“I was proud to promote awareness and the need for UMB to consciously engage in DEI efforts,” Smith said. “I felt that I was a part of UMB’s first step in reckoning with its prioritization of DEI and consciously and intentionally moving forward to promote UMB as a place of inclusion and belonging for all students.”
She said she was excited and felt “immense pride” to be honored by UMB, and she was particularly happy that a Graduate School student is being recognized.
“Graduate students are the largest and most diverse group of students on UMB’s campus,” she said. “They are innovative, brilliant, passionate, and kind people. After representing them this past year, it is an amazing feeling to receive this award and all it represents for the visibility and importance of graduate students at UMB.”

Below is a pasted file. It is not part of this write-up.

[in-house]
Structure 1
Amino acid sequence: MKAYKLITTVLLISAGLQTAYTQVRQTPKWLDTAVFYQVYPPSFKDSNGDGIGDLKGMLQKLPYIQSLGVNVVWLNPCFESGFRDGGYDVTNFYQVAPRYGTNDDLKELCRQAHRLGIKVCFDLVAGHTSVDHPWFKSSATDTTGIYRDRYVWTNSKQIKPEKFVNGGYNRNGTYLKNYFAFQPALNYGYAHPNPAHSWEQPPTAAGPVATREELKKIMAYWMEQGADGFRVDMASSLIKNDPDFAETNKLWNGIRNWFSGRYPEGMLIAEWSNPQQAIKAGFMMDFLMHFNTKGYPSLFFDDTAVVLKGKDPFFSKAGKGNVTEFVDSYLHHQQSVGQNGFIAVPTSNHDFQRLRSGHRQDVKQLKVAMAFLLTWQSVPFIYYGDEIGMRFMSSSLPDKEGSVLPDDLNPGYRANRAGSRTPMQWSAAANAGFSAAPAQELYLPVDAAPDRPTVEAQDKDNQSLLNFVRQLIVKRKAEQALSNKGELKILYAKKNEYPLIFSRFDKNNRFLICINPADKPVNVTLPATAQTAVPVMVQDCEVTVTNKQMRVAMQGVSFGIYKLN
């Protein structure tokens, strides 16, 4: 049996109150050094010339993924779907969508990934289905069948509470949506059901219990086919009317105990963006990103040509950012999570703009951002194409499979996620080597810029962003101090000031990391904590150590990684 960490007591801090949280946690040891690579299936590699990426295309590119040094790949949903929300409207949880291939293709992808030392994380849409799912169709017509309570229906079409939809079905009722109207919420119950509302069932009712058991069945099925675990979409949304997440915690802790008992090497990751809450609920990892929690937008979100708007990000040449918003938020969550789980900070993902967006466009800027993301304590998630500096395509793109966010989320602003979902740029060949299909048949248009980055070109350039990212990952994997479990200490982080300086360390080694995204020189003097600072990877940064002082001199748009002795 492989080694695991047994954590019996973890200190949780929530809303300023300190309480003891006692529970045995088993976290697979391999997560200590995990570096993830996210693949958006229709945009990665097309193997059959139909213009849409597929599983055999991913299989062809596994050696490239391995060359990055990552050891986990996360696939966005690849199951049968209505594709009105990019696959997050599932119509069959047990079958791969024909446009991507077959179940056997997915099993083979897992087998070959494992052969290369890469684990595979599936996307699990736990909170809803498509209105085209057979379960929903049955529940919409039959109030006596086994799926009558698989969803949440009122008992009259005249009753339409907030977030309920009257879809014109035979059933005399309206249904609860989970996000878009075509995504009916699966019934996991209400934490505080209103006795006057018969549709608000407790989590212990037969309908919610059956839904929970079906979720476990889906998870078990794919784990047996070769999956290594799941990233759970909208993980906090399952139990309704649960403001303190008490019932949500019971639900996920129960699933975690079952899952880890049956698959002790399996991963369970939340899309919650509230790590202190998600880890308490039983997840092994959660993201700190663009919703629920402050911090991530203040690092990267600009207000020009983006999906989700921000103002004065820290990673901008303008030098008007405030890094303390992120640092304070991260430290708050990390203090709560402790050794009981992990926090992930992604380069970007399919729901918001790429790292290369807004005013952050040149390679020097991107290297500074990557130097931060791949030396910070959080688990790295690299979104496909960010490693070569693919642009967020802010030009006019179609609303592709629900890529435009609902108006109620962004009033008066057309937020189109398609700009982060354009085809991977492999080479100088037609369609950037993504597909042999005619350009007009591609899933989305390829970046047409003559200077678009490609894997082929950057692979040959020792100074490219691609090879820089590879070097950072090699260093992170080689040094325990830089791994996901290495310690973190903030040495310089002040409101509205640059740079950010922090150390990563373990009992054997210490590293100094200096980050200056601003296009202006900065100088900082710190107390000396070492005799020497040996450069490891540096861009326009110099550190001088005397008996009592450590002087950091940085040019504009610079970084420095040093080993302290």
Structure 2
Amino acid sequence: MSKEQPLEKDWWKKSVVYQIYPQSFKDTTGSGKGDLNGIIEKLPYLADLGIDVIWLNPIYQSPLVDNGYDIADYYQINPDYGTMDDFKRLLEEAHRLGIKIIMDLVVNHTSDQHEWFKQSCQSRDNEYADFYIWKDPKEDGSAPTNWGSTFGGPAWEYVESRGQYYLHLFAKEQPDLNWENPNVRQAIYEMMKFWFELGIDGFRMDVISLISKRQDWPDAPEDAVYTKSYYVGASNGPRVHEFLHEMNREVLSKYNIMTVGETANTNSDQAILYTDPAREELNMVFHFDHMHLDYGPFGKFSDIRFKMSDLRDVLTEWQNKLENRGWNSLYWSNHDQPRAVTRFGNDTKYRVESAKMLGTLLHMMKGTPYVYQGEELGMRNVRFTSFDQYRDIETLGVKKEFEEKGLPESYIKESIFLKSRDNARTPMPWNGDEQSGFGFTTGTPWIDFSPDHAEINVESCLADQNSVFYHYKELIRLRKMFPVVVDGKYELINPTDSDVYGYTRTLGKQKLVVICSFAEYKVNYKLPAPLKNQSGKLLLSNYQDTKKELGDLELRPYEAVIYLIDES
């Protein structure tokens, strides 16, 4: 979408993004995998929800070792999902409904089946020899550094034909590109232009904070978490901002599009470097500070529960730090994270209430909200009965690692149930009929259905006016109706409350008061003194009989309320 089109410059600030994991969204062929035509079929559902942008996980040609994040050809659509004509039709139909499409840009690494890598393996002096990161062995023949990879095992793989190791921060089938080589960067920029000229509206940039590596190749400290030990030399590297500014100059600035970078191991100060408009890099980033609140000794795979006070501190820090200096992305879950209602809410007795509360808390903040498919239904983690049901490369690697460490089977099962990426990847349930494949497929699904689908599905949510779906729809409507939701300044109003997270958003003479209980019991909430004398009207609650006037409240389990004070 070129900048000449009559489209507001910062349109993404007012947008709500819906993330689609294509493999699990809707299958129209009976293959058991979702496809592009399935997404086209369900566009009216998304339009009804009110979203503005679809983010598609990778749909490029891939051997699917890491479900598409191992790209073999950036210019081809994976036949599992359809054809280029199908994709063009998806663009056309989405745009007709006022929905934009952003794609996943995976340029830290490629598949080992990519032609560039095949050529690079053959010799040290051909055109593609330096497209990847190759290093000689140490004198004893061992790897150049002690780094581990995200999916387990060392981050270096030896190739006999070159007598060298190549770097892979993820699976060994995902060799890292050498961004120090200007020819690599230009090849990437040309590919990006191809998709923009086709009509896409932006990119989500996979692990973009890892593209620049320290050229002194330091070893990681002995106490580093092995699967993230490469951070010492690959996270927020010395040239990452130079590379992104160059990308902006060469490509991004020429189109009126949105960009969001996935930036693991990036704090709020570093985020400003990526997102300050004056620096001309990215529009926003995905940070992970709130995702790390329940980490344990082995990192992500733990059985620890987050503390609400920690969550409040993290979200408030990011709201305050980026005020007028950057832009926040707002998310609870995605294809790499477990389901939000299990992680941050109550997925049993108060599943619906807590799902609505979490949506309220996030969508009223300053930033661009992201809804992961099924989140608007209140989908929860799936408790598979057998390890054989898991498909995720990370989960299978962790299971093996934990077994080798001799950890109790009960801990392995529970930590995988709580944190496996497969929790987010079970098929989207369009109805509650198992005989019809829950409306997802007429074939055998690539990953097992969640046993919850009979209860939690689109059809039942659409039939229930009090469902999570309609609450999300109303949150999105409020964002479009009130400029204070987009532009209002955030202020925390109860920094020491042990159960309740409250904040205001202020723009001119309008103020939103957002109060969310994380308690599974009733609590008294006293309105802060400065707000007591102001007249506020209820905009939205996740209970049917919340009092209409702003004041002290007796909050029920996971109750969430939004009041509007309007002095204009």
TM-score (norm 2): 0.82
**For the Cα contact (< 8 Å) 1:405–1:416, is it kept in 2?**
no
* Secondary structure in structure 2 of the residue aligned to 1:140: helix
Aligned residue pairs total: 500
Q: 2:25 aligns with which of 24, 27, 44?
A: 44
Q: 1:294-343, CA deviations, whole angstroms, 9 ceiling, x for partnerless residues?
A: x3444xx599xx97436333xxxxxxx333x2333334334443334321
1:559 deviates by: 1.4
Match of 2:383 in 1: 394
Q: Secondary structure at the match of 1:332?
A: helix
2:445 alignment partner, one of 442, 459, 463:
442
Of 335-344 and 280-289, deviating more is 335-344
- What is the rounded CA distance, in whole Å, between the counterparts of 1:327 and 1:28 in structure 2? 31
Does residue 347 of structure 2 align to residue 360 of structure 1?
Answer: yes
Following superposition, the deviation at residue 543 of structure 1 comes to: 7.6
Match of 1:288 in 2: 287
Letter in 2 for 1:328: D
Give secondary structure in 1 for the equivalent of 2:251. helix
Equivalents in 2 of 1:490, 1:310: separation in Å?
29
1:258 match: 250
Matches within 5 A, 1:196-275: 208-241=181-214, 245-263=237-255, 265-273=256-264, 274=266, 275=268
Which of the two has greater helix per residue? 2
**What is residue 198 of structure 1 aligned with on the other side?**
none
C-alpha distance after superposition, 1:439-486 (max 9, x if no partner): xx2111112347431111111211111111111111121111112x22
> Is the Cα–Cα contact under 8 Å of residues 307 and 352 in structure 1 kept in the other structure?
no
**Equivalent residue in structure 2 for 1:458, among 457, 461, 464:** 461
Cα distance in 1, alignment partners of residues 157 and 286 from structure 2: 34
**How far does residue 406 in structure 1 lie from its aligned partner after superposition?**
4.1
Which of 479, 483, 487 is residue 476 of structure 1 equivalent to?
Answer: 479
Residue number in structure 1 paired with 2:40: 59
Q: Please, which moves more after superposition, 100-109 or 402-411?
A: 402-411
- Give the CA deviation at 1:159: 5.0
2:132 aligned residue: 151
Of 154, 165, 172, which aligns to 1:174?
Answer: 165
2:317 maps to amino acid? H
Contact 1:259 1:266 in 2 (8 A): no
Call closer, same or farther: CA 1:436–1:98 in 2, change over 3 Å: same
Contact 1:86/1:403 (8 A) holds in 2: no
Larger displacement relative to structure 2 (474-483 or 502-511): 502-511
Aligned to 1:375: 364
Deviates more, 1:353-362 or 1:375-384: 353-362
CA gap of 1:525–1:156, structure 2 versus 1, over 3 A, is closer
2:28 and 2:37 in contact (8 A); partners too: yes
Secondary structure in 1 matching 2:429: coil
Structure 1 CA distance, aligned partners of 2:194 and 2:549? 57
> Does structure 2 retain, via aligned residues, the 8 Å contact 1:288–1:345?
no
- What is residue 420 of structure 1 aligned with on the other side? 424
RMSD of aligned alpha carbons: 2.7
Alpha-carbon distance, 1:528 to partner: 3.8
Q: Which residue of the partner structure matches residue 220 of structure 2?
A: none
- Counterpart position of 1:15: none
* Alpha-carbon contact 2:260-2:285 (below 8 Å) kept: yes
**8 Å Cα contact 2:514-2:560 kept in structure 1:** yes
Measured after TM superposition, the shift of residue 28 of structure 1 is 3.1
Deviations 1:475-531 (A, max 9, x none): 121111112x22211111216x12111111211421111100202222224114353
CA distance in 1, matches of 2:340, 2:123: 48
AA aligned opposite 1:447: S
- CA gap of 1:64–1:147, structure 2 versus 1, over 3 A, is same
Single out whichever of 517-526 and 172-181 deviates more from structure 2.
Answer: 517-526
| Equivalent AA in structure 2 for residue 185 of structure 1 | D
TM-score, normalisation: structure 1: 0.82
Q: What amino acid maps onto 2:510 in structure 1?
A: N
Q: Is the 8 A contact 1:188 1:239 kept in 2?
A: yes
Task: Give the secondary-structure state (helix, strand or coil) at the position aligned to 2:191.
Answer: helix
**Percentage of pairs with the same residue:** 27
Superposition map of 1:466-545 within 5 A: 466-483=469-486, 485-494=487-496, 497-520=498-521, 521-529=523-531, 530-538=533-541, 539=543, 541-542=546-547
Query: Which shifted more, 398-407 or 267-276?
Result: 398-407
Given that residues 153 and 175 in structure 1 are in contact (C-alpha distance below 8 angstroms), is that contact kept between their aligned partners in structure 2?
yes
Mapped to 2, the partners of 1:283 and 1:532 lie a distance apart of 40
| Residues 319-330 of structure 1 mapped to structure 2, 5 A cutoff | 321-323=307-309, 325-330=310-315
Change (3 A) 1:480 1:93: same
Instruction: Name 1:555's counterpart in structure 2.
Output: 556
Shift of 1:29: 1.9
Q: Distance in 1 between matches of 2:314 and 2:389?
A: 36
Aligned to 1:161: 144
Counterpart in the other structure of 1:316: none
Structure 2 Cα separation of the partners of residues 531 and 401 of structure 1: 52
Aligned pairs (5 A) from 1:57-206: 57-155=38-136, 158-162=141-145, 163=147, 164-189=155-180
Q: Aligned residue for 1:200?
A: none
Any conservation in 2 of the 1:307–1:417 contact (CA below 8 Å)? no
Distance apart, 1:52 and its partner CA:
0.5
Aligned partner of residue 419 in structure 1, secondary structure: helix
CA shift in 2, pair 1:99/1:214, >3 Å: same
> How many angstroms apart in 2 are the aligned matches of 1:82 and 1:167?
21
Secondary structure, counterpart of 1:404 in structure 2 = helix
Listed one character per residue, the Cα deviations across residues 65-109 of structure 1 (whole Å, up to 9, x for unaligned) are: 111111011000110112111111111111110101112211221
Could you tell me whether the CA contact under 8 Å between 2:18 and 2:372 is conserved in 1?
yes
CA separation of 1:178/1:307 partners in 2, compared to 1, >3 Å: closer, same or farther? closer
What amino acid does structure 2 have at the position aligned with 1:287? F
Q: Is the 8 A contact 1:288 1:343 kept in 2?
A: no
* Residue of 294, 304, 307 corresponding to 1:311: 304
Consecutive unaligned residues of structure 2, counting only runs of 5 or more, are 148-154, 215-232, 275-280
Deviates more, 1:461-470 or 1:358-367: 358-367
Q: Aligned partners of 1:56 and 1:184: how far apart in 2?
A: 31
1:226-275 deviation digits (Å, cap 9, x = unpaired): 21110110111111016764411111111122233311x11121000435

Upon graduation next year, Smith said she plans to pursue a postdoctoral research position with the federal government and continue her research on infectious diseases, therapeutics, and vaccines.
“I also plan to volunteer with organizations that promote science outreach or science communication within the community,” she said. “The pandemic has underscored the broken line of communication from the scientific community to the public. I want to work to promote science literacy for all.”